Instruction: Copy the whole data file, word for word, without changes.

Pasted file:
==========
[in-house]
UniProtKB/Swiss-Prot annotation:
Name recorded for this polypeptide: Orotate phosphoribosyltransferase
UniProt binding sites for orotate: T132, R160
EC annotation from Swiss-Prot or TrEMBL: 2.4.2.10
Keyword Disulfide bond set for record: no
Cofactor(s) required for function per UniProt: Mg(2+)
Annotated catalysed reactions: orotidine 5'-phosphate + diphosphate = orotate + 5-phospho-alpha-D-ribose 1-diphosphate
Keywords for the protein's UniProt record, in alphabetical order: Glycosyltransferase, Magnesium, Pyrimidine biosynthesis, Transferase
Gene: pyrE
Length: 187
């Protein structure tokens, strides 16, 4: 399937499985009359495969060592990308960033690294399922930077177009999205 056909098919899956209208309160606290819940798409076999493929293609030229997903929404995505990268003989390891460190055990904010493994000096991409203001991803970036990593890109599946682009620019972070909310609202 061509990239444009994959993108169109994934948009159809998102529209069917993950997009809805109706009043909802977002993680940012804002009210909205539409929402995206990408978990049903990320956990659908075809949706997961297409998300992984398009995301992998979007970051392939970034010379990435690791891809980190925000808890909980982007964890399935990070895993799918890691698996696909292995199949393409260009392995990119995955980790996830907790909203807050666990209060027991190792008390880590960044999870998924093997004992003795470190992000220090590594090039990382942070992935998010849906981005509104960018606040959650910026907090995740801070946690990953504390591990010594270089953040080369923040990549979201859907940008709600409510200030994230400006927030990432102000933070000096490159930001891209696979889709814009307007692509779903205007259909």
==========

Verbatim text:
[in-house]
UniProtKB/Swiss-Prot annotation:
Name recorded for this polypeptide: Orotate phosphoribosyltransferase
UniProt binding sites for orotate: T132, R160
EC annotation from Swiss-Prot or TrEMBL: 2.4.2.10
Keyword Disulfide bond set for record: no
Cofactor(s) required for function per UniProt: Mg(2+)
Annotated catalysed reactions: orotidine 5'-phosphate + diphosphate = orotate + 5-phospho-alpha-D-ribose 1-diphosphate
Keywords for the protein's UniProt record, in alphabetical order: Glycosyltransferase, Magnesium, Pyrimidine biosynthesis, Transferase
Gene: pyrE
Length: 187
């Protein structure tokens, strides 16, 4: 399937499985009359495969060592990308960033690294399922930077177009999205 056909098919899956209208309160606290819940798409076999493929293609030229997903929404995505990268003989390891460190055990904010493994000096991409203001991803970036990593890109599946682009620019972070909310609202 061509990239444009994959993108169109994934948009159809998102529209069917993950997009809805109706009043909802977002993680940012804002009210909205539409929402995206990408978990049903990320956990659908075809949706997961297409998300992984398009995301992998979007970051392939970034010379990435690791891809980190925000808890909980982007964890399935990070895993799918890691698996696909292995199949393409260009392995990119995955980790996830907790909203807050666990209060027991190792008390880590960044999870998924093997004992003795470190992000220090590594090039990382942070992935998010849906981005509104960018606040959650910026907090995740801070946690990953504390591990010594270089953040080369923040990549979201859907940008709600409510200030994230400006927030990432102000933070000096490159930001891209696979889709814009307007692509779903205007259909």